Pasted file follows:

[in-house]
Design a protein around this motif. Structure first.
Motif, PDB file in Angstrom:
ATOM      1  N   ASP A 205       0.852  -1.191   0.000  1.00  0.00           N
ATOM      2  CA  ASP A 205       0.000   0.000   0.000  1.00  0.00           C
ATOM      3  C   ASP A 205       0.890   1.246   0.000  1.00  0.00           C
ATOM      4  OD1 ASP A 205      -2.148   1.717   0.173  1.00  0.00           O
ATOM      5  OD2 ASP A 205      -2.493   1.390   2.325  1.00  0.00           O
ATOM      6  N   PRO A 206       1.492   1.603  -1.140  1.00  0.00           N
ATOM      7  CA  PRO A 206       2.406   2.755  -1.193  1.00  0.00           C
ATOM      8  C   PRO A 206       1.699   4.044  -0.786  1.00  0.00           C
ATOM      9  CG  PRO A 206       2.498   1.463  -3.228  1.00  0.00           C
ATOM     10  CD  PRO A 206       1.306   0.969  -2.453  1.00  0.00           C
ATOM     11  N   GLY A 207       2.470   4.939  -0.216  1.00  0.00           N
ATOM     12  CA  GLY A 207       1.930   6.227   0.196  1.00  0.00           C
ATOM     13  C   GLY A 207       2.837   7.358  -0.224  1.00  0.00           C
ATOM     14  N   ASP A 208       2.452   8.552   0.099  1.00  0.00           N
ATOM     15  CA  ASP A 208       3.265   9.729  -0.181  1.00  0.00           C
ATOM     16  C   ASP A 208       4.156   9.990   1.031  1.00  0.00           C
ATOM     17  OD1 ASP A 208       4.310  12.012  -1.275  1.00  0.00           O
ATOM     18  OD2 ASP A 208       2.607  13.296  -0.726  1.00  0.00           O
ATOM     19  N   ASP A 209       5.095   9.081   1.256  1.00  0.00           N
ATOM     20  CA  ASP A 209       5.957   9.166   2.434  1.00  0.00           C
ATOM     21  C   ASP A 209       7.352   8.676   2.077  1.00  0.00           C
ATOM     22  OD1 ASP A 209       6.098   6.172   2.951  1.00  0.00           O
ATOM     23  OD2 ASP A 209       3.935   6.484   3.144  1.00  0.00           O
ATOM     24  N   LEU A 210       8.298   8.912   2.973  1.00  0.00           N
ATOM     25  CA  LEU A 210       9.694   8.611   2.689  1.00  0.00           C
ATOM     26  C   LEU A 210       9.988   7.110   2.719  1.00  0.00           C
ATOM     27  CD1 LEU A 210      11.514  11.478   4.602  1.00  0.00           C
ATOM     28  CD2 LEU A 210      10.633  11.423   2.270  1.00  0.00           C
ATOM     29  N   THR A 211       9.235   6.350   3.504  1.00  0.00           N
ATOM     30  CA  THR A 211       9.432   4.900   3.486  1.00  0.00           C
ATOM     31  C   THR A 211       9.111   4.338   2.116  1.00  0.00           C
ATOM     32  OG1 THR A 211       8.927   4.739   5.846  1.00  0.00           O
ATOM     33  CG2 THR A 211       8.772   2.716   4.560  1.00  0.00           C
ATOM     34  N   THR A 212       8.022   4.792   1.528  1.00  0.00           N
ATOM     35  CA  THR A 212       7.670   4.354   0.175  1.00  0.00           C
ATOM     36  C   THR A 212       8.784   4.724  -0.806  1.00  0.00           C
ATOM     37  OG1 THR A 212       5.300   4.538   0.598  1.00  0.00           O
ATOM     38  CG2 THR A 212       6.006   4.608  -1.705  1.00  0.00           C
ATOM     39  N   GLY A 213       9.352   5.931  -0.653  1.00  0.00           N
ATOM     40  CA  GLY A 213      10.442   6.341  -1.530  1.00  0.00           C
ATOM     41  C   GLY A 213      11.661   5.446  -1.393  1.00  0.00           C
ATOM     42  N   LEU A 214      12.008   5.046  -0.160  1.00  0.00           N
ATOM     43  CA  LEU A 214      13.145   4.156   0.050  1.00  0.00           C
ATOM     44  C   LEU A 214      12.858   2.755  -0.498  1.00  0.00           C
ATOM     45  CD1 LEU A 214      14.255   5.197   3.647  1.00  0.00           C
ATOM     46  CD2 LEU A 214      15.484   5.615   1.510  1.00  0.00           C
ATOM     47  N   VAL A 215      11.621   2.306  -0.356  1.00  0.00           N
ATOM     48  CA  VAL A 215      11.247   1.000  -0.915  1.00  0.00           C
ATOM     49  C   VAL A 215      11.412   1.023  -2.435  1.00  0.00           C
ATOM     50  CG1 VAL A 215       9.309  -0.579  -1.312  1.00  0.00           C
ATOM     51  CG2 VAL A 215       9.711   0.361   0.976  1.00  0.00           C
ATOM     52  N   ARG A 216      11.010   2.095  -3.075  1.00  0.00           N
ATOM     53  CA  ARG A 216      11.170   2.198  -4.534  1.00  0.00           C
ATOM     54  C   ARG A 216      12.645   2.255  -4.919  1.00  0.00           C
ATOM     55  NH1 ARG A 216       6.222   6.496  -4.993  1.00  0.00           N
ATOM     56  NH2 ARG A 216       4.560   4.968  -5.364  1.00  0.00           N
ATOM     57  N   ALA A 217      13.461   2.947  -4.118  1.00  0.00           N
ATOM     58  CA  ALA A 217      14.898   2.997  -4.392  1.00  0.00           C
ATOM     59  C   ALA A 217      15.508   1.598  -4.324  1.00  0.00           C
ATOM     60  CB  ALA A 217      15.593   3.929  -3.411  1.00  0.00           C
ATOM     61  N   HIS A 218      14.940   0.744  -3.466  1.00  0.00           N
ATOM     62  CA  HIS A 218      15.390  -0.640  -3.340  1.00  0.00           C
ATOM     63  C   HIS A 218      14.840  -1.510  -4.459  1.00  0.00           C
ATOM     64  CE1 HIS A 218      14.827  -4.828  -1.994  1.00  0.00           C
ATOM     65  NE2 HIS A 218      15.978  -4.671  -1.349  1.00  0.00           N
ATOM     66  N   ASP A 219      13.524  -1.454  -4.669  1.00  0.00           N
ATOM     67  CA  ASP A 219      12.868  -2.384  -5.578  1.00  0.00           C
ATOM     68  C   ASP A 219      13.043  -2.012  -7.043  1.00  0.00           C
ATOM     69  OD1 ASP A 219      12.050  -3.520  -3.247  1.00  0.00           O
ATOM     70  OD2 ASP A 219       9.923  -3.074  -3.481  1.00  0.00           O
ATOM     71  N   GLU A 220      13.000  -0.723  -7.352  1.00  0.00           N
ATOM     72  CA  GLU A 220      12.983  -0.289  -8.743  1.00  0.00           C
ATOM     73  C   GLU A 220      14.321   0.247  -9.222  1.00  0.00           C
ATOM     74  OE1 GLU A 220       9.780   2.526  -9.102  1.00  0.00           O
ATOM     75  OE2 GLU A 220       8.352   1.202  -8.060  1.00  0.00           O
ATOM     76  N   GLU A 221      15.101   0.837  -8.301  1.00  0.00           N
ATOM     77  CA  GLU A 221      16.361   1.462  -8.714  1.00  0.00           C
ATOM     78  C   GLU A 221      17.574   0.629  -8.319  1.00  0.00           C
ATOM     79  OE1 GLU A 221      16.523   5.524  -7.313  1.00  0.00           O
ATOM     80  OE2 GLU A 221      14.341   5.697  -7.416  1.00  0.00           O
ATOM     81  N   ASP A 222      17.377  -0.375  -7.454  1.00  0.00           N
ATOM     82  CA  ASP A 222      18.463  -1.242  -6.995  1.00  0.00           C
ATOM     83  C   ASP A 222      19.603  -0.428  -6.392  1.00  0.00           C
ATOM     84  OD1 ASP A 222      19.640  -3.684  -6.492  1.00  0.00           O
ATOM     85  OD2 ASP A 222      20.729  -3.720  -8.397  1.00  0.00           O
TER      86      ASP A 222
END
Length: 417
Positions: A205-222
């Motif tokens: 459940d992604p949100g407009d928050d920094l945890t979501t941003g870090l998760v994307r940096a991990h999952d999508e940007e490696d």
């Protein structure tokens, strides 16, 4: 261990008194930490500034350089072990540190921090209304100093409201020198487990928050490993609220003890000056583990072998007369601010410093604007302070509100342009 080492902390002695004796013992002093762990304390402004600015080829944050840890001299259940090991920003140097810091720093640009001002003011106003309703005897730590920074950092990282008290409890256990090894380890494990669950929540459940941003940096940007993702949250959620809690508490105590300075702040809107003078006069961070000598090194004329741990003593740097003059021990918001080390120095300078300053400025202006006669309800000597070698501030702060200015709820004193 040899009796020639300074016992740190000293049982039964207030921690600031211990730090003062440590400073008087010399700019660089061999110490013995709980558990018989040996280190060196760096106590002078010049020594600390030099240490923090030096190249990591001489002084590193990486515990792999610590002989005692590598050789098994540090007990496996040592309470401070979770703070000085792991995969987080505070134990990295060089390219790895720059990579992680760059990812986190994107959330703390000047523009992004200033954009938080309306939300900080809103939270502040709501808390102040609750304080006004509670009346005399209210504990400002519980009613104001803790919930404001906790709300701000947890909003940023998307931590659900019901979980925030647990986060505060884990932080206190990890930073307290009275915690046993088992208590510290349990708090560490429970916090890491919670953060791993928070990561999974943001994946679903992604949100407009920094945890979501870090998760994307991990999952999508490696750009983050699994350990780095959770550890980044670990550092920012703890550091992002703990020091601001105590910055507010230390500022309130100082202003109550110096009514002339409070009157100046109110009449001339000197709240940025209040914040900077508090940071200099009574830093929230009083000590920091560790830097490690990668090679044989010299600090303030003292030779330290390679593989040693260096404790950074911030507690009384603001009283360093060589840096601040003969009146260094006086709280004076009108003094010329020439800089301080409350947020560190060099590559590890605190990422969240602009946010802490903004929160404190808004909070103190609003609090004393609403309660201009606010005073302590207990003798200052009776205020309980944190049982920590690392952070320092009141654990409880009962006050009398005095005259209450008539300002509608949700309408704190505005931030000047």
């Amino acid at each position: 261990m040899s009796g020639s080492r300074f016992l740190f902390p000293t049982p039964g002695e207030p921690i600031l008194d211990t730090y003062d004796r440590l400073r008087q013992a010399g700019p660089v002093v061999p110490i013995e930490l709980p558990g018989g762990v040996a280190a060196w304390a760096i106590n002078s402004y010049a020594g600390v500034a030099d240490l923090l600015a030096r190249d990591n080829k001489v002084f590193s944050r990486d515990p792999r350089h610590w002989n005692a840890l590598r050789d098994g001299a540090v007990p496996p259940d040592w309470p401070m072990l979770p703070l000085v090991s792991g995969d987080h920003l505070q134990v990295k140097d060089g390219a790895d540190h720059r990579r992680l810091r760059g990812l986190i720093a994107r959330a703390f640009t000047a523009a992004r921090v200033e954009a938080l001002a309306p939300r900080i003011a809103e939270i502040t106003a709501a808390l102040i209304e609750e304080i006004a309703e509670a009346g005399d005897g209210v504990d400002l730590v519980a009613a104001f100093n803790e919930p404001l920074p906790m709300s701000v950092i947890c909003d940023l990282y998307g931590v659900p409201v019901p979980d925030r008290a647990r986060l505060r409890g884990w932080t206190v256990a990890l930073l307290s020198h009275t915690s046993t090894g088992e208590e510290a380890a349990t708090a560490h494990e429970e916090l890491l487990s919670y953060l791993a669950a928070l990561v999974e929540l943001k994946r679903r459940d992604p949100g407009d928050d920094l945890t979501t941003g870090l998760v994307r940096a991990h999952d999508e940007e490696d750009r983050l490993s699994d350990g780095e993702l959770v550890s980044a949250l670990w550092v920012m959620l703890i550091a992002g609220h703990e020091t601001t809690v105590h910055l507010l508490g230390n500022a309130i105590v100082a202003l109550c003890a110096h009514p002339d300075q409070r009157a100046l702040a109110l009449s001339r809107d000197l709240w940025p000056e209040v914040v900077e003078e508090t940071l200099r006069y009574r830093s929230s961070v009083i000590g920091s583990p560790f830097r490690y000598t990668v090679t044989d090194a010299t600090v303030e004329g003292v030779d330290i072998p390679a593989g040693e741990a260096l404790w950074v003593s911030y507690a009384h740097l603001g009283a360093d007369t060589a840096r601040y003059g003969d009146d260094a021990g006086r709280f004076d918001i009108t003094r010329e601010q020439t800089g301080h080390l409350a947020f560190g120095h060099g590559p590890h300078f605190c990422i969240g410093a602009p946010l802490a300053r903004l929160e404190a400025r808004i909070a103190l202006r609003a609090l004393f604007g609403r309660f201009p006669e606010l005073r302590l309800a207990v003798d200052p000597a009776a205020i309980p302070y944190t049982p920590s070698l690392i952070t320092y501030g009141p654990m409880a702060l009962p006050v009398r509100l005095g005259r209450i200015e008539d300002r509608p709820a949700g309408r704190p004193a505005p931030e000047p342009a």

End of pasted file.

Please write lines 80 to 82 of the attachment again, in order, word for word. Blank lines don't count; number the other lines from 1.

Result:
ATOM     77  CA  GLU A 221      16.361   1.462  -8.714  1.00  0.00           C
ATOM     78  C   GLU A 221      17.574   0.629  -8.319  1.00  0.00           C
ATOM     79  OE1 GLU A 221      16.523   5.524  -7.313  1.00  0.00           O